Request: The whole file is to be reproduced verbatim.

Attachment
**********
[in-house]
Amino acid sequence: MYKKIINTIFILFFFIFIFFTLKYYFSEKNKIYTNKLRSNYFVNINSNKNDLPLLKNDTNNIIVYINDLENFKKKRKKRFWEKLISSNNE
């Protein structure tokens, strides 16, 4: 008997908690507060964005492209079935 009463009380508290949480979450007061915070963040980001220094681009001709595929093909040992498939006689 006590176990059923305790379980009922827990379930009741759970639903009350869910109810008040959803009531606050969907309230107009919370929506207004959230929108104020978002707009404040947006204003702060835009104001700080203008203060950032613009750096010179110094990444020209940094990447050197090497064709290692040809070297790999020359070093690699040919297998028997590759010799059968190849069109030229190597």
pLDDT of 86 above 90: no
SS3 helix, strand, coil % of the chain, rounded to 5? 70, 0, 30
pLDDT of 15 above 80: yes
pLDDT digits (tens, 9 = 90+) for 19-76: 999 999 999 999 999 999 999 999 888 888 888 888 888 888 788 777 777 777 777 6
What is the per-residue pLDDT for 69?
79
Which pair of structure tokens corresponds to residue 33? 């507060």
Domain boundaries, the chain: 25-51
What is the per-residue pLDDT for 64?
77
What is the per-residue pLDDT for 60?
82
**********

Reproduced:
[in-house]
Amino acid sequence: MYKKIINTIFILFFFIFIFFTLKYYFSEKNKIYTNKLRSNYFVNINSNKNDLPLLKNDTNNIIVYINDLENFKKKRKKRFWEKLISSNNE
């Protein structure tokens, strides 16, 4: 008997908690507060964005492209079935 009463009380508290949480979450007061915070963040980001220094681009001709595929093909040992498939006689 006590176990059923305790379980009922827990379930009741759970639903009350869910109810008040959803009531606050969907309230107009919370929506207004959230929108104020978002707009404040947006204003702060835009104001700080203008203060950032613009750096010179110094990444020209940094990447050197090497064709290692040809070297790999020359070093690699040919297998028997590759010799059968190849069109030229190597």
pLDDT of 86 above 90: no
SS3 helix, strand, coil % of the chain, rounded to 5? 70, 0, 30
pLDDT of 15 above 80: yes
pLDDT digits (tens, 9 = 90+) for 19-76: 999 999 999 999 999 999 999 999 888 888 888 888 888 888 788 777 777 777 777 6
What is the per-residue pLDDT for 69?
79
Which pair of structure tokens corresponds to residue 33? 């507060």
Domain boundaries, the chain: 25-51
What is the per-residue pLDDT for 64?
77
What is the per-residue pLDDT for 60?
82